enemy alien

(redirected from Enemy aliens)

enemy alien:

see alienalien,
in law, any person residing in one political community while owing allegiance to another. A procedure known as naturalization permits aliens to become citizens.

Each nation establishes conditions upon which aliens will be admitted, and makes laws concerning them.
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References in periodicals archive ?
With parks' budgets slashed in half when war was declared, Harkin made a deal with General Otter to use enemy aliens' labour to build roads and facilities in the mountain parks.
8 to Israel's Civil Wrongs Law adopts the doctrine of "enemy aliens", which was prohibited under international law in the aftermath of World War II, according to Adalah.
From 1914-1920, immigrants to Canada from the Austro-Hungarian Empire, the Ottoman Empire, and Germany were considered enemy aliens and imprisoned in internment camps under harsh conditions.
extends to enemy aliens detained as terrorists at a U.S.
When World War Two broke out all foreigners living in Britain were viewed with suspicion and categorised as either 'enemy aliens' or 'friendly aliens'.
The enemy aliens Khyron and Miriya return; Miriya in particular seeks to avenge her battlefield honor by becoming a "Micronian" spy!
1, 1943, Benito Mussolini ordered Italian police to arrest all Jews in the country as enemy aliens.
Suddenly, some 70,000 Germans and Austrians in the UK -- many of whom had been there for years -- were classified as "enemy aliens." Special Home Office tribunals reviewed all such individuals and determined whether they posed a security risk to the country, warranting their immediate internment.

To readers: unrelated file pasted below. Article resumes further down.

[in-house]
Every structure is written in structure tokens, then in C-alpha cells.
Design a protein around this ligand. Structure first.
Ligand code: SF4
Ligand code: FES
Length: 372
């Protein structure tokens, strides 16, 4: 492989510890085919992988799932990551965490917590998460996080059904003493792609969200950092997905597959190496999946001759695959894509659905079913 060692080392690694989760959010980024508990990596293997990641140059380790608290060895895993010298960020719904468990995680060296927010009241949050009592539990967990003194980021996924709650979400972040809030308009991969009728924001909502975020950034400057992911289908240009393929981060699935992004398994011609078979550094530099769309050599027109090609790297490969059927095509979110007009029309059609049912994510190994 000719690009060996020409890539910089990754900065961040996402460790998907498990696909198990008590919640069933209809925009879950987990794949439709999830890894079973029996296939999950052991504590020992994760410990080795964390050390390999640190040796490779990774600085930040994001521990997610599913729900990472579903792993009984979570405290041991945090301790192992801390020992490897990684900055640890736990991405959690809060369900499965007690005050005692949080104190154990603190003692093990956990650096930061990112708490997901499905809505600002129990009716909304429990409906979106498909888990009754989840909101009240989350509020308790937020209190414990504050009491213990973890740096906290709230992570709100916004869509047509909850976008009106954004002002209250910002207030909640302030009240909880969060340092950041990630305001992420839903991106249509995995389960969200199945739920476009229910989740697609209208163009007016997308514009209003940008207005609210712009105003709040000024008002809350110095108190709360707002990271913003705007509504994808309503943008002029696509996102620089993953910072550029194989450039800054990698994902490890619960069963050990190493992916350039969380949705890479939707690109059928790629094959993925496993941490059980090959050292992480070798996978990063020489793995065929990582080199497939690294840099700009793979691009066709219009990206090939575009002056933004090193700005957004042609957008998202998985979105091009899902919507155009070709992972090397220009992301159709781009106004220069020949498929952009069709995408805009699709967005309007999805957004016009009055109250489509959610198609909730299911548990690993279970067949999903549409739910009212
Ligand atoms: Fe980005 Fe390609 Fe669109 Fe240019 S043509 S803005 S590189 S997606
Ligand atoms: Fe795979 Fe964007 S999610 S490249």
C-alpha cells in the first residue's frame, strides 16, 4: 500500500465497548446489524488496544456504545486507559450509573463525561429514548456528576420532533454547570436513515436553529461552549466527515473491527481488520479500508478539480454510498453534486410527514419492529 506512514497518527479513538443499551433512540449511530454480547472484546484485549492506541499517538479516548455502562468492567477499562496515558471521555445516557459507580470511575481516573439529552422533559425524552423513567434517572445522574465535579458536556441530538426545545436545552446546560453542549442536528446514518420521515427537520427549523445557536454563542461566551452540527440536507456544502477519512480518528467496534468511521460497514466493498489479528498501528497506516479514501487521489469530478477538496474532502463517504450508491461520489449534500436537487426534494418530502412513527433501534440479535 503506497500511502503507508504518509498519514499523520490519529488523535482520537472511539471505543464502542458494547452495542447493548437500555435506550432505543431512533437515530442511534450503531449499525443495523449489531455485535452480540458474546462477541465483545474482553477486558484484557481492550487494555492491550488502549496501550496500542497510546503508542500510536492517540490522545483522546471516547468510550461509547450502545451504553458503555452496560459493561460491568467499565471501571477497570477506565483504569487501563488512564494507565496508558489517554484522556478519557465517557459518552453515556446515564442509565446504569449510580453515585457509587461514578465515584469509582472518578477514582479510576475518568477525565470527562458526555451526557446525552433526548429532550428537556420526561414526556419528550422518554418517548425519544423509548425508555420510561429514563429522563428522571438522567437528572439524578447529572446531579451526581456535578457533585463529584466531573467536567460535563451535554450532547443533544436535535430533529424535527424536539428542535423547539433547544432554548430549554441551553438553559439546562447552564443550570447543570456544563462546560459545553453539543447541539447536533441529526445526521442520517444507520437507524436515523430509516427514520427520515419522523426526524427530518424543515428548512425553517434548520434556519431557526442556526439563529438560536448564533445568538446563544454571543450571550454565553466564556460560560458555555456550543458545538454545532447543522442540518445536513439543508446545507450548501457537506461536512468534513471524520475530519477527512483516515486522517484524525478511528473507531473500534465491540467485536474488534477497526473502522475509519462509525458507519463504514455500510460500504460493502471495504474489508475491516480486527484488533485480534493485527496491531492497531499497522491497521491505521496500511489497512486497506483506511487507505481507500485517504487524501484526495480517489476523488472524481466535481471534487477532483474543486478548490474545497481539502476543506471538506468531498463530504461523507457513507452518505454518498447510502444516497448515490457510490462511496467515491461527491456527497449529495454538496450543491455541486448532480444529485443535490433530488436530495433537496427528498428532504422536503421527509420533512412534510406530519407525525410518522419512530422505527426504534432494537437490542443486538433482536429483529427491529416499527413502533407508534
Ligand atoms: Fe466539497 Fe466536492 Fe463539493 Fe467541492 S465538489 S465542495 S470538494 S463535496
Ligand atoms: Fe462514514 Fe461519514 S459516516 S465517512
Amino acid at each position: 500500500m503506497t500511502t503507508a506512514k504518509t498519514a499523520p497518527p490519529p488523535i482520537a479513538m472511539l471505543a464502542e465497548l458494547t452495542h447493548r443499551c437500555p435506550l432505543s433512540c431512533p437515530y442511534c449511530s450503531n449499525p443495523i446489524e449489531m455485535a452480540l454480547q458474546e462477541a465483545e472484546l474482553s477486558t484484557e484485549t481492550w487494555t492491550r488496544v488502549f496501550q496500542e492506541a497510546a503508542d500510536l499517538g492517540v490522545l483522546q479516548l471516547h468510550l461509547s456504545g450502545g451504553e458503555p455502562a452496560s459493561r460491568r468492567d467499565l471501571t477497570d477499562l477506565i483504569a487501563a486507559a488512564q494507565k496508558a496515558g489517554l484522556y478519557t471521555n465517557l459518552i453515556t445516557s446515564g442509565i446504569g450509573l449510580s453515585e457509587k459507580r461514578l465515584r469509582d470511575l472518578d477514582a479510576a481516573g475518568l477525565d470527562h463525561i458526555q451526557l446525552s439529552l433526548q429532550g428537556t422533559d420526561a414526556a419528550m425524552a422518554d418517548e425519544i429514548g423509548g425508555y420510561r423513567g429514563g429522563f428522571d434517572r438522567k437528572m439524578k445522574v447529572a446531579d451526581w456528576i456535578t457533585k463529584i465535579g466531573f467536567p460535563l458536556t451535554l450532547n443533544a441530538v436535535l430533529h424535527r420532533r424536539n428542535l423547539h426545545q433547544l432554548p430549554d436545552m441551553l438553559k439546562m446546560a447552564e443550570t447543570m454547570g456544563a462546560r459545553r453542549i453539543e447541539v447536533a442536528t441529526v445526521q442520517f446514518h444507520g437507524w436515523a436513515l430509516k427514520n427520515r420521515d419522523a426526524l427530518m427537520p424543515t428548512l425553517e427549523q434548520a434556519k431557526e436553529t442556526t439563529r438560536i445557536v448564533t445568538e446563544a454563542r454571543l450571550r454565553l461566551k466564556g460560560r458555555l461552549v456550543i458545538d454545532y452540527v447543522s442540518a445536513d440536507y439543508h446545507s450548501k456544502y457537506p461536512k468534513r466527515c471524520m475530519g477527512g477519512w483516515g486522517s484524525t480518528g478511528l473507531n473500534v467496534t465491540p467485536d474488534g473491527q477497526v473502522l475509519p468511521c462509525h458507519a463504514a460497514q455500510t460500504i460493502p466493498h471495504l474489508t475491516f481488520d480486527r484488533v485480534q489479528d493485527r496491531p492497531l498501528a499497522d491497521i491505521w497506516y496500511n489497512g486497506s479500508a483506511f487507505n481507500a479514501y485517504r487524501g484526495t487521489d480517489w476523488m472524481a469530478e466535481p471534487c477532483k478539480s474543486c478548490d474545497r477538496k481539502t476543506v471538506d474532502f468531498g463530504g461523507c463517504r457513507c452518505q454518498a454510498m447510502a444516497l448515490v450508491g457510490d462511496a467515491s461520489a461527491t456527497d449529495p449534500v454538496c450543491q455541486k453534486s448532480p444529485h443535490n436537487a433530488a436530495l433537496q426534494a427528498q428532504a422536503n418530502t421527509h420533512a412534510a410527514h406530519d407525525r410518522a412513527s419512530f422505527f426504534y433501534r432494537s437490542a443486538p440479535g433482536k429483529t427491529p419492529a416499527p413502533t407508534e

border via the Emergency Advisory Committee for Political Defense, a multi-national arrangement run by the State Department that worked with Latin American nations to find and detain enemy aliens. Peru, for example, deported 1,799 Japanese, 702 Germans, and 49 Italians to the United States.
The reliance on imports was brought into prominence by the introduction of legislation in 1914 that gave the government the power to pass any regulation necessary for "public safety, the defence of New Zealand, or the effective conduct of the military or naval operations of His Majesty during the present war." (4) In 1915, the regulations were extended to include the ability for the Public Trust to take over any running of any company which was 50% or more owned by "enemy aliens."
In Meeting the Enemy, Richard describes incidents such as a British soldier walking over to the German front line to deliver newspaper, British women married to Germans who became "enemy aliens" in their own country; and a high-ranking British prisoner of war discussing his own troops' heroism with the Kaiser on the battlefield.